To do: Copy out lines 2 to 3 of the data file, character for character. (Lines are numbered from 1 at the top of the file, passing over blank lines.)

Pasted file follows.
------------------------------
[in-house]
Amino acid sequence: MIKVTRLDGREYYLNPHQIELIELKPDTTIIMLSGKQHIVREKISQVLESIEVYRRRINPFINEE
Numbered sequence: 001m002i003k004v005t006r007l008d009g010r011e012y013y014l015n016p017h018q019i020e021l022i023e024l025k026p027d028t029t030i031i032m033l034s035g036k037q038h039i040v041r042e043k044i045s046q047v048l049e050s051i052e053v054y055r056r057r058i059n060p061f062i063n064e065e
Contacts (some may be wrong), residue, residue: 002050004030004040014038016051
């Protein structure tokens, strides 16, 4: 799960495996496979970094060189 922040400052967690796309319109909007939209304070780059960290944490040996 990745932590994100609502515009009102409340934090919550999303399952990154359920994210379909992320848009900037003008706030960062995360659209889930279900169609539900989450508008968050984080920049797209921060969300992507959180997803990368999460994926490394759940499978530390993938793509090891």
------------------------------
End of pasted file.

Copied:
Amino acid sequence: MIKVTRLDGREYYLNPHQIELIELKPDTTIIMLSGKQHIVREKISQVLESIEVYRRRINPFINEE
Numbered sequence: 001m002i003k004v005t006r007l008d009g010r011e012y013y014l015n016p017h018q019i020e021l022i023e024l025k026p027d028t029t030i031i032m033l034s035g036k037q038h039i040v041r042e043k044i045s046q047v048l049e050s051i052e053v054y055r056r057r058i059n060p061f062i063n064e065e